Moore: “Actually, yes. And sometimes they’re digital stacks, sometimes they’re physical copies. [Black] Panther 2. And reading everything, you start to build an internal document of things that are really interesting, characters that are really great, moments that are really great, cool facts that maybe you didn’t know off the surface or off a Wikipedia Entry. Also things from publishing that seem problematic, things we can tweak, things we’ve done before so we need to change. And from that process, you come out with a document that’s kind of indicative of what we think the movie could be. And the reason why we started doing that, I would cut to ten years prior, before it was like, ‘Hey Matt, you wanna write a Marvel movie? Here’s to 50 years of Doctor Strange.’ And bringing any writer back with what we want is a near-impossibility, because there’s so much stuff.”
After the executives “do [their] homework,” they filter out the ideas they like best and want to adapt the most. Then they fleshed out the ideas even more, “rest[ing] [the] separate, take[ing] it down to the studs, and rebuild[ing] this:”
Belloni: “So you have to tell them: ‘This is what we think will work in 50 years of Captain America.'”
Moore: “‘These are the things we’re interested in doing.’ Because you might read those 50 years of any given property and might be interested in something completely different. Well, that’s not doing you any favors, is it? So we started doing our homework- house and then sometimes we felt that, ‘Hey, we have a good handle on what we like about any given property,’ in the meantime, we’ve hopefully been meeting the right writers who can breathe life into that. And I think , in how we think about writers, and I’ve been at other studios for a very long time, but it’s definitely not, ‘Hey, who’s done the biggest, best thing lately?’ It’s, ‘Who has a very specific voice that we think is interesting,’ and ‘Who would make this a priority on any given property?’ Because as you know Matt, in Hollywood, sometimes you write a draft here, and you write a draft here, and you have a show here, and the writers are… their focus is divided, because they’re successful, and they’re good, so they do a lot. What we ask any writer is, ‘Hey, we want you to move into the Marvel office and start writing.’ And writing for us starts with, ‘Hey, you’ve started with this document, you come in and pitch, we think you’re good. Let’s break your pitch down, take it down to the studs, and rebuild it together.’ It’s like we’re all on the same page and we’re moving the ball forward and the reason we’re doing it is, to your point, we’re not really developing anything that we’re not doing. So if, for example , we want to do the Shang -Chi, we’re dating Shang-Chi and go, ‘Okay, so it took us almost two years to do this thing.’ And so you don’t have time for the blind alleys and the cul-de-sacs of some normal development. It’s all development toward production. And if we’re not aligned with the writer and then the director when it comes to process, We’d lose too much time to make that movie. And we usually work with a solid production date and release date in mind.”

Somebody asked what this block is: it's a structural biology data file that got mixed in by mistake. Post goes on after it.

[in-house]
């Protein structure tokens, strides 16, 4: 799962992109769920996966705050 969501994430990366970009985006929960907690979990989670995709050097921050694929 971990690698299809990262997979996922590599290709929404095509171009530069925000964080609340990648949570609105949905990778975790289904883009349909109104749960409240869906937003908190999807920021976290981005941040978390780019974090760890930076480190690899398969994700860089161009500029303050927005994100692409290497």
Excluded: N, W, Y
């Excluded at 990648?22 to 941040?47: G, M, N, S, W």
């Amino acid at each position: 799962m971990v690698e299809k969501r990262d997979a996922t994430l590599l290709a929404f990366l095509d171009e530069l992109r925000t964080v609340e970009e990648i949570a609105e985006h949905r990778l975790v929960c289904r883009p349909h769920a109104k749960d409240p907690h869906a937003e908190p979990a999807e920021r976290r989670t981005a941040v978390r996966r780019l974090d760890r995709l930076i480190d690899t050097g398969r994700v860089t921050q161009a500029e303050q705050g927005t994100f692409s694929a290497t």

What is Marvel Planning for Phase 6 and Beyond?
With Moore’s information, as well as the announced titles that make up the Multiverse Saga — the umbrella title for episodes 4, 5, and 6 — fans can hint at what discussions could be held in those this creative retreat.
Phase 6’s Fantastic Four and Secret Wars hinting at the potential to see Doctor Doom as a major villain alongside the already disastrous Kang the Conquerer. Most Fantastic Four stories involve Doom in some capacity, and 2015’s Secret Wars comic by Jonathan Hickman – from which the upcoming film seems to draw, as it deals with the Multiverse and invasions, concepts both discussed in Doctor Strange in the Multiverse of Madness — sees Doom as its main antagonist.
According to Moore, specific arcs and characters are discussed and expanded upon at these retreats. This fits the usual Doom factor in at least two of the three already announced Phase 6 movies.
However, information on the MCU’s future remains scarce. Perhaps the discussions from the creative retreats focused on a topic that the studio didn’t even hint at. Marvel executives may now be researching and reading from any number of stories from the many decades of comic lore they have to play with.
As all fans know, the best is yet to come.